So the event at San Cassiano was truly an occasion that absolutely intrigued me. Our parish priest, Don Franco, introduced the proceedings under the beautiful vaults of San Cassiano church. Mayor Betti then gave a short history stating that the plate had been returned courtesy of the Museo Guinigi of Lucca and that his wish of having it returned to its original location had at last been fulfilled four years after he’d officially opened the San Cassiano museum. (See my post at for more on that occasion).

Dr. Ilaria Sabbatini, historian, then talked about the importance of the Val di Lima as a through route for that mediaeval pilgrim’s motorway, the via Francigena which continues from where most of Chaucer’s pilgrims left off at Canterbury and finds its apotheosis at the tomb of Saint Peter’s in Rome.

Dr. Silvia Nutini, an archaeologist, followed with a synopsis of Islamic plates distribution among Italy’s churches.

Finally, Dr. Marino Marini, historian and archaeologist of Florence’s Bargello Museum, gave an interesting survey of knights and horses all the way from Etruscan to modern times.

After these highly interesting and well-delivered talks we were ready for the inauguration of the ceramic itself by Mayor Betti. No longer will Della Quercia’s cavalier be alone in his museum. Now, in a well-lit showcase, he will be able to have a companion knight from the Islamic east.

If only today’s successors to those knights in the Middle East could live together in peace like the two knights now happily co-existing in San Cassiano’s small but highly prestigious museum.








Feline Fun

Autumn colours have finally begun to splash our Val di Lima landscape. Here are some leaves (and mists) on the way to San Cassiano yesterday.

Last night we’ve also had thunderstorms and, again, parts of Tuscany, especially the coastal areas, are suffering from the notorious and ever-increasing water bombs with widespread flooding and landslides.

Mentioning colours, I took a look yesterday at the painting our highly talented artist Kety Bastiani from San Cassiano is doing of our cats, Napoleone, Carlotta and Cheekie.

Here is the finished product.

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I couldn’t take it home yet as the paint’s still drying.

I am so pleased with it. Kety has captured our cats’ colouring really well. She had free rein with the composition and the theme of our pets playing with a ribbon gives a fine sense of feline movement to the picture. It’s a truly delightful creation.

If a picture is worth a thousand words, then a painting is worth a thousand photographs!




The Black Dog

A local neighbour told me the very sad news. At the age of 54, Remo Menchini from our nearby village of San Cassiano committed suicide last week. He’d gone into the bathroom of his house and fired a bullet into his head. Another friend said to me ‘he could have chosen to go into the forest to do it!’ I only knew Remo slightly but he seemed to me to be a very personable and, indeed, positive person.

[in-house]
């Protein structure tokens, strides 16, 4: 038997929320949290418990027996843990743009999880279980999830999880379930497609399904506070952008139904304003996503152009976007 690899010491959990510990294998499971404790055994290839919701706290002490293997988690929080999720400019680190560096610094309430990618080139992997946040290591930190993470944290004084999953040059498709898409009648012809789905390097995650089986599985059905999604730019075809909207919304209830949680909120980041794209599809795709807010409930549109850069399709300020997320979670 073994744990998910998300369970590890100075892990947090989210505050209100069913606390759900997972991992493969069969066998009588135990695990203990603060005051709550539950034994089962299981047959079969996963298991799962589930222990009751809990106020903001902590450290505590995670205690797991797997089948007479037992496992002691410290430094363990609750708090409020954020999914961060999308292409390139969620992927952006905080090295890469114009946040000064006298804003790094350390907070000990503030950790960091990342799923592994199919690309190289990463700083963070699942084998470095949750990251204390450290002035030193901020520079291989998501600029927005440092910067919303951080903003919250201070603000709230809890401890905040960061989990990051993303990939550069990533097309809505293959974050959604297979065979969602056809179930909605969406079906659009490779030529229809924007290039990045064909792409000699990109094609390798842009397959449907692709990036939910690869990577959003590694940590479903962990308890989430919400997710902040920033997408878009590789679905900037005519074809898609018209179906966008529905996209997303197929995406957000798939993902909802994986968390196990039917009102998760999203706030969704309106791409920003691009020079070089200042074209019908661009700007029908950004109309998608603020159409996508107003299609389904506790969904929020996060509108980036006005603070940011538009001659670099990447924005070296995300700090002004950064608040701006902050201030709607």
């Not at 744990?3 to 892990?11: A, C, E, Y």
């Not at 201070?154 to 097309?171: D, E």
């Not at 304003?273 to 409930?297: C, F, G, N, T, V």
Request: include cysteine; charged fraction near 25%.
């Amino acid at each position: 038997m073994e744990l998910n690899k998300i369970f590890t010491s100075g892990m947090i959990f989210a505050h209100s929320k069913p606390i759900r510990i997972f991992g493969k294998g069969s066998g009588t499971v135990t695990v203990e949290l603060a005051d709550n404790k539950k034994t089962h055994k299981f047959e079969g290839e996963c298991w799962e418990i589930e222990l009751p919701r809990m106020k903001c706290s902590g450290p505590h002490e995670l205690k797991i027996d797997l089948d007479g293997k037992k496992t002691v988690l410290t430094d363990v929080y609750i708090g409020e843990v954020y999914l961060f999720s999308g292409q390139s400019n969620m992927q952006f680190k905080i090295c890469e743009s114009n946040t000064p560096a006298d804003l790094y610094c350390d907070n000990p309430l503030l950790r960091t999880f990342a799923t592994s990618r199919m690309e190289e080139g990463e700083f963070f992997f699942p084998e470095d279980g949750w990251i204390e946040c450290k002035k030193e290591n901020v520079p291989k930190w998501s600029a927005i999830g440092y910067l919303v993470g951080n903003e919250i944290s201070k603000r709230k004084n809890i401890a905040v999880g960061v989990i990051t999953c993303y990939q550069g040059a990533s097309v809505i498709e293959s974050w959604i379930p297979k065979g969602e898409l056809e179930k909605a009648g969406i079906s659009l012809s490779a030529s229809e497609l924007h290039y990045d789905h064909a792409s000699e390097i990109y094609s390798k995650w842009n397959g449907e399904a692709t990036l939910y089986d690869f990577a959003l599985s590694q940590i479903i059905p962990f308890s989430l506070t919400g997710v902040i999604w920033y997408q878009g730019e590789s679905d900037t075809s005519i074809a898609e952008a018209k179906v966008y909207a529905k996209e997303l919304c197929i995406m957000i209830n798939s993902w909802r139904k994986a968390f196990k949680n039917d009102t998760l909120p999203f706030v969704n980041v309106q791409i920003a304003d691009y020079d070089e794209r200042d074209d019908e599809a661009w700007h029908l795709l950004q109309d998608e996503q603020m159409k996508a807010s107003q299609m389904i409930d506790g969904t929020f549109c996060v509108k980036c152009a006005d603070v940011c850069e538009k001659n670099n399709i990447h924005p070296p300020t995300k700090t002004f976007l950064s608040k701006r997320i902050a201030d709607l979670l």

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It’s so  terrible – Remo leaves a wife (who was the first one to discover her dead husband) and four daughters..

Remo’s funeral was last Sunday at 3 pm  in San Cassiano’s beautiful parish church. I did not attend – I’d already promised to be a helper at Ponte a Serraglio’s chestnut festival and, besides, I’m not particularly one for funerals. All the same, it must be said that a considerable number of people who would have attended the festival were at San Cassiano.


Remo Menchini worked in the area of care and maintenance of the countryside including parks and gardens. His firm was on the Via del Brennero at Bagni di Lucca.

What immediately strikes me about the terrible act R did to himself is that I thought that suicide was something much more frequent in northern climes where the relative absence of sunshine, decent wine and greater sociability all impinge on emphasizing a sense of individual isolation. Perhaps I should re-examine the statistics.


(Suicide rates from European countries and some more. Evidently, the worst place for this sort of thing is Lithuania)

In my area I know of three other suicides, two of people I knew rather well.

I’ve already described the suicide of the desperate young woman who threw herself off the spectacular Vergai bridge in my post at

When teaching English at the Istituto Comprensivo of Gallicano, in one of my classes there was an extrovert and very amiable student, Sergio Fini, who presented me with a beautiful book of poems he’d written and with illustrations of magical trees that he’d drawn. Just two years later in Fornaci di Barga I passed by a black-bordered poster which stated that Sergio’s family thanked all those who’d sent condolences or attended his the funeral. I just couldn’t believe it! Again, there was nothing to herald the self-immolation of this incredibly talented and seemingly happy family man who left a grieving wife and two young children. I just found it so difficult to believe that someone who seemed so much at peace with himself, who worked successfully with special needs pupils and who was deeply versed in oriental philosophy and yoga, could have hung himself – at home!